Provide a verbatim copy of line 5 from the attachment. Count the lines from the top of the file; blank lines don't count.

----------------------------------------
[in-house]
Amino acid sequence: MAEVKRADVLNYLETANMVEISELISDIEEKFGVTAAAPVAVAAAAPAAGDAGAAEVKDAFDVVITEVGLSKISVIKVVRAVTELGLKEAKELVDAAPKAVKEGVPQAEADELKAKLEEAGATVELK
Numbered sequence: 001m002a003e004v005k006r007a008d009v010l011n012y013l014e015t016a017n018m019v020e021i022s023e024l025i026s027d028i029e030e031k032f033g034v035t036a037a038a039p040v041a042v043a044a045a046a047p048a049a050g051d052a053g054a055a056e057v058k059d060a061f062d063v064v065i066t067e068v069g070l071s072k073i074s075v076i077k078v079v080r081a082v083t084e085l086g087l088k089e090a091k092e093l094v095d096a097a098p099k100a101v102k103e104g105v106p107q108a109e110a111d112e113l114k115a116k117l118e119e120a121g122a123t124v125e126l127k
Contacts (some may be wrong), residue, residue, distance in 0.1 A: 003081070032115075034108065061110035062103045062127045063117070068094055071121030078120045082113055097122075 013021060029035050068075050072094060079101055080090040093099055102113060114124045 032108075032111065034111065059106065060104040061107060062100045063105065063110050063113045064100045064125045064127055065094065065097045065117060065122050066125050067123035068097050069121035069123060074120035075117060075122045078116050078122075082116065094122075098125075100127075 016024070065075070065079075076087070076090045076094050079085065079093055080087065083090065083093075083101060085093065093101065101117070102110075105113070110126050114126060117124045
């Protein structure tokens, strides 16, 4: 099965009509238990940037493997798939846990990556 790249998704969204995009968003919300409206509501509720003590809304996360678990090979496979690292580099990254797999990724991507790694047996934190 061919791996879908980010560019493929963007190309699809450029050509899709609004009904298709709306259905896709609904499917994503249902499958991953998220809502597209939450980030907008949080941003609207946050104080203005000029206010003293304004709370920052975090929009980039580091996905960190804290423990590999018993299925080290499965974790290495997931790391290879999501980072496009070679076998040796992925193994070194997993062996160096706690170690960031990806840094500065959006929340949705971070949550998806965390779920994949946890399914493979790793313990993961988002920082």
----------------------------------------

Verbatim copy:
């Protein structure tokens, strides 16, 4: 099965009509238990940037493997798939846990990556 790249998704969204995009968003919300409206509501509720003590809304996360678990090979496979690292580099990254797999990724991507790694047996934190 061919791996879908980010560019493929963007190309699809450029050509899709609004009904298709709306259905896709609904499917994503249902499958991953998220809502597209939450980030907008949080941003609207946050104080203005000029206010003293304004709370920052975090929009980039580091996905960190804290423990590999018993299925080290499965974790290495997931790391290879999501980072496009070679076998040796992925193994070194997993062996160096706690170690960031990806840094500065959006929340949705971070949550998806965390779920994949946890399914493979790793313990993961988002920082």